Astronomical Events for April 2015

Hello everybody,

Here are the astronomical events occurring in the month of April: (All times are given in UTC format)

       Astronomical Events

  • April 4: The third of four total lunar eclipses will occur at 12:01. It is best seen in Eastern Asia, the Pacific regions, and the Americas. Don’t miss it!
  • April 8: Mercury will pass 0.5 degrees of Uranus at approximately 11:00.
  • April 21: The Moon will occult Aldebaran. It is best seen in Northern Asia at approximately 16:57 UTC.
  • April 22: The Lyrid meteor shower will take place peaking at 24:00 (12:00 AM). It is best seen in Northern Europe.

That’s all for this month.

On April 22, 2015, at the Ontario Science Centre, in Toronto, Ontario, I will be giving a presentation about my journey as an amateur astrophotographer. If you are interested in attending, come to the Ontario Science Centre at 7:00 pm, to see the presentation. I hope to see you all there.

 

Have a great day, and keep looking up! You never know what you will see up there.

 

 

WORK CITED

http://www.universetoday.com/116461/the-top-101-astronomical-events-to-watch-for-in-2015/

Advertisements

Astronomical Events for March 2015

Hello everybody,

Happy New Year!

Here are the astronomical events occurring in the month of April: (All times are given in UTC format)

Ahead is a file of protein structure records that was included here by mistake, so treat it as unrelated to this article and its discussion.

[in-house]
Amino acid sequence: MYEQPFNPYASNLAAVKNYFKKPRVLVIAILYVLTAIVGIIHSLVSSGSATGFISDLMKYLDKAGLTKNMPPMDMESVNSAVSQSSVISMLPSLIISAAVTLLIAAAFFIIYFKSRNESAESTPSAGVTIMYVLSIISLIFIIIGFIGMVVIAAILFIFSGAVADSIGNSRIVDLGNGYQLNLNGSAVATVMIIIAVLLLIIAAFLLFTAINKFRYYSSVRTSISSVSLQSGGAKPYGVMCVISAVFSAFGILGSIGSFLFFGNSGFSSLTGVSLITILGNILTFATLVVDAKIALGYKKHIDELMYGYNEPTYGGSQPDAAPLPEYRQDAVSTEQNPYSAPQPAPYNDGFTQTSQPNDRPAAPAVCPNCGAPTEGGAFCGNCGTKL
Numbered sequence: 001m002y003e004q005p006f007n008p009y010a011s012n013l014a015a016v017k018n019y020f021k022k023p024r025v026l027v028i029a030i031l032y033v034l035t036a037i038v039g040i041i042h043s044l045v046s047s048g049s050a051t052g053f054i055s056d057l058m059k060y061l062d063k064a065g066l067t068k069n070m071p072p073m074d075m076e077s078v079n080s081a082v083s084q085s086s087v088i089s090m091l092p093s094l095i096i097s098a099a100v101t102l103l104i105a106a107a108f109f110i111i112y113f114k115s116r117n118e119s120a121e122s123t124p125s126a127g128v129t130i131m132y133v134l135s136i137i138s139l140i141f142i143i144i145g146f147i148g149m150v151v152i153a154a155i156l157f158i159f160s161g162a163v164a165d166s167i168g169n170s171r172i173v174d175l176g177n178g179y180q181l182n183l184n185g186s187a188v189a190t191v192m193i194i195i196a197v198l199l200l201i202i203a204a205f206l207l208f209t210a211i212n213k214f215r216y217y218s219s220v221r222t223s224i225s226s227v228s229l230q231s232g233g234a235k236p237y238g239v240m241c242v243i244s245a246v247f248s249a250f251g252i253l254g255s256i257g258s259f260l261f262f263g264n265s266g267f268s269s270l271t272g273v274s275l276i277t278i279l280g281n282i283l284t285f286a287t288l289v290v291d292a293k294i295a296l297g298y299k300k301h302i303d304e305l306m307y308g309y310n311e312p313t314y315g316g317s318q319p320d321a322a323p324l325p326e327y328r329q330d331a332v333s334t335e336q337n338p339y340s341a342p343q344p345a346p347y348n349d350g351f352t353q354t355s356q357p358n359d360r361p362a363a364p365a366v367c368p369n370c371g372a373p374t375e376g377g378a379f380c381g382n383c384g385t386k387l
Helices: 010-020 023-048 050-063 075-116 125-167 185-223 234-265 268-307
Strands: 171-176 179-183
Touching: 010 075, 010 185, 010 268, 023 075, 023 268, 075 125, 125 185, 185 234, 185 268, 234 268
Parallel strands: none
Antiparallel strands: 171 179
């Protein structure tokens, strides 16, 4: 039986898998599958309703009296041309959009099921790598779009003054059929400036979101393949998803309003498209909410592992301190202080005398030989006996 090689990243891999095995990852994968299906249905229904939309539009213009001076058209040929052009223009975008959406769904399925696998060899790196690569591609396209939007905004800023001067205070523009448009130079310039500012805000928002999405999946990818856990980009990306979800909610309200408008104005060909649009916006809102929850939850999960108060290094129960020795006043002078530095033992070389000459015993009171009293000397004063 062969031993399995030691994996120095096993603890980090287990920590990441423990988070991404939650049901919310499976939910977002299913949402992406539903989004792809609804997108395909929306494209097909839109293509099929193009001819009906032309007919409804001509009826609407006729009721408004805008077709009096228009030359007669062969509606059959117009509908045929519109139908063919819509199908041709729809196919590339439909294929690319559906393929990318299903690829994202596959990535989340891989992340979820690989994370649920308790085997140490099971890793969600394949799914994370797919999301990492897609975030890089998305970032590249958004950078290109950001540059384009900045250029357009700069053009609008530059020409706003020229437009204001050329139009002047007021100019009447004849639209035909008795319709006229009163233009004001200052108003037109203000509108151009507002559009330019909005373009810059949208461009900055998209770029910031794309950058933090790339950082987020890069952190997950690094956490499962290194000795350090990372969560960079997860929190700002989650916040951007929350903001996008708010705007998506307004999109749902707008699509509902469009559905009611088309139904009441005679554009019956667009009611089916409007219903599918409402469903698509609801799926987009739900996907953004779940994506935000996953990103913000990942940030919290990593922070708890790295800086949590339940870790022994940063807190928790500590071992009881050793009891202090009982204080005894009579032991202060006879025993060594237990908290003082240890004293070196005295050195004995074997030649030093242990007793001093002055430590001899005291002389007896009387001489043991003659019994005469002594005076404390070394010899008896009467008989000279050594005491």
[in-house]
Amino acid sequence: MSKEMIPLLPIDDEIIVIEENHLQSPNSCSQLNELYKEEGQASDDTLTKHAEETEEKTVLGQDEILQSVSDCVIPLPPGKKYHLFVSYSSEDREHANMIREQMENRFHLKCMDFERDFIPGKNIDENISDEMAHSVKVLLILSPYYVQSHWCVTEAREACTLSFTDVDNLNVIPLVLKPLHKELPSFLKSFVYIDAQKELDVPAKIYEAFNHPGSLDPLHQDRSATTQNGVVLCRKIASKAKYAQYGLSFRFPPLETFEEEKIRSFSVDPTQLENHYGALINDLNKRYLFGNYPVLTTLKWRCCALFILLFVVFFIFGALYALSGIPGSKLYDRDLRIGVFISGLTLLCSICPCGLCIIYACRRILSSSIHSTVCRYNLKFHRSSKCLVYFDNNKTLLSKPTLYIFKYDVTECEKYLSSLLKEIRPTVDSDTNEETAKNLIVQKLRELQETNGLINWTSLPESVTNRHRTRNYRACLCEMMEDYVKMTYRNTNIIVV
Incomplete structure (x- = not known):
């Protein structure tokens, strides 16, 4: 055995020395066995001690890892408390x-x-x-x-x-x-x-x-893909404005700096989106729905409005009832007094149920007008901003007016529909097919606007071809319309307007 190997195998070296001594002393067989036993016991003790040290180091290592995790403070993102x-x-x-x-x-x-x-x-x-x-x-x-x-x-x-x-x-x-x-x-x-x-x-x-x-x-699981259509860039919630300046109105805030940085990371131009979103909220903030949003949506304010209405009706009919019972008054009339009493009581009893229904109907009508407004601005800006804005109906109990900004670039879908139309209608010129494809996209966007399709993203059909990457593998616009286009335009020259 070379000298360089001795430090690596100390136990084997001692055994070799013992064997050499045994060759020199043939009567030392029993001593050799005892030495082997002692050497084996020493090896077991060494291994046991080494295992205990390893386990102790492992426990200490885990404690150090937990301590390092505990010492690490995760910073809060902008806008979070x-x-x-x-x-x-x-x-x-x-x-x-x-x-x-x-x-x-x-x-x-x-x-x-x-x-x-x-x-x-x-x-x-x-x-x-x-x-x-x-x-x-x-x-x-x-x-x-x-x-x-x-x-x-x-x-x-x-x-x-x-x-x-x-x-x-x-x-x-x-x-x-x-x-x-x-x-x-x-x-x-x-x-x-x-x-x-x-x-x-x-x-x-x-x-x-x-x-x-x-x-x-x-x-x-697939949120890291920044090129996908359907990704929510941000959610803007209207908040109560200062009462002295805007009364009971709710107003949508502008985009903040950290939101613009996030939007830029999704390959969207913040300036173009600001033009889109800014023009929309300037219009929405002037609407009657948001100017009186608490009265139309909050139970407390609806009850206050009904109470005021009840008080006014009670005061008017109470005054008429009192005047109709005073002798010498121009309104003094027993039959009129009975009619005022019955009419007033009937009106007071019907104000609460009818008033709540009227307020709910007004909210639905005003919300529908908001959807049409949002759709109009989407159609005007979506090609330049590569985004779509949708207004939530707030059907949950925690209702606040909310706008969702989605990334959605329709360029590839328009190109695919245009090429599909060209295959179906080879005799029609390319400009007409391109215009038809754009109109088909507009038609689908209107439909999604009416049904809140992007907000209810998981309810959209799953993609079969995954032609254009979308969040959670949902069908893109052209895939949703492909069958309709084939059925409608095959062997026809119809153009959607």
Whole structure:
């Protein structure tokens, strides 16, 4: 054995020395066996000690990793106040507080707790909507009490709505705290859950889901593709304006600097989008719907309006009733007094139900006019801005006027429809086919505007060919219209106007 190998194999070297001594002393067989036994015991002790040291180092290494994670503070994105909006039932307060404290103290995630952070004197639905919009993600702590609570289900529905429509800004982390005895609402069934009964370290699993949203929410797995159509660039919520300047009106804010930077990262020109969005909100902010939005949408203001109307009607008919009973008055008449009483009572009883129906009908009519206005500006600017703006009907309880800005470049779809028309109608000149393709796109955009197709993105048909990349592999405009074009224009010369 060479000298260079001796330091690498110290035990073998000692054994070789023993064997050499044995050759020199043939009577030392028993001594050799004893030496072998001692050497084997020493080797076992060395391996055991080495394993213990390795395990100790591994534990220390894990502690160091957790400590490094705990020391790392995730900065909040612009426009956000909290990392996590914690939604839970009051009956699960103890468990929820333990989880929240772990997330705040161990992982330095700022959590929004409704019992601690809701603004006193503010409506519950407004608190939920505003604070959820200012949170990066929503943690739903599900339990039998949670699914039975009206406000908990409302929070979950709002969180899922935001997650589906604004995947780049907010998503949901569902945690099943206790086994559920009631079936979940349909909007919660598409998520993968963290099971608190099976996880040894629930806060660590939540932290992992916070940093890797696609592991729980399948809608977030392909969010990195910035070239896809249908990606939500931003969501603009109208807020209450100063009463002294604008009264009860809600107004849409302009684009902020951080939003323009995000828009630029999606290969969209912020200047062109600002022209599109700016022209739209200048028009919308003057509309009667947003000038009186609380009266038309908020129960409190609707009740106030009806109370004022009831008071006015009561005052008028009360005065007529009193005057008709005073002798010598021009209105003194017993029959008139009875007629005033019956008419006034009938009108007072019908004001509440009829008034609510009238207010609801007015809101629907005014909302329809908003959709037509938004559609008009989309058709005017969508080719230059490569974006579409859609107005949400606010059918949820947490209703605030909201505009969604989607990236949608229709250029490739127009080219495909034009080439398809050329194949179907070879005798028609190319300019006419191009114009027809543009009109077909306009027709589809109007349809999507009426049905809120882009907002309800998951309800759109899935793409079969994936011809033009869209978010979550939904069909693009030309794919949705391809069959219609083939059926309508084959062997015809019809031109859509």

Astronomical Events

  • March 1: Geosynchronous satellite eclipse season begins up until the equinox.
  • March 4: Venus passes 0.1 degrees from Uranus at approximately 18:00. This will be the closest planetary conjunction of the year.
  • Distance from Venus to Uranus from our Perspective.

  • March 5: The Moon will reach its full phase at 18:07, 10 hours before reaching apogee. This will be the smallest full moon of the year.
  • March 11: Mars passes 0.3 degrees from Uranus at approximately 16:00.
  • March 20: A total solar eclipse will occur. It will be best seen in the arctic, Scotland, and Scandinavia.
  • Path of Solar Eclipse

  • March 20: That day also marks the Vernal Equinox at 16:57. Roughly equal days between the North and South Hemispheres.
  • March 21: Moon will occult Mars at approximately 22:14. Best seen in South America.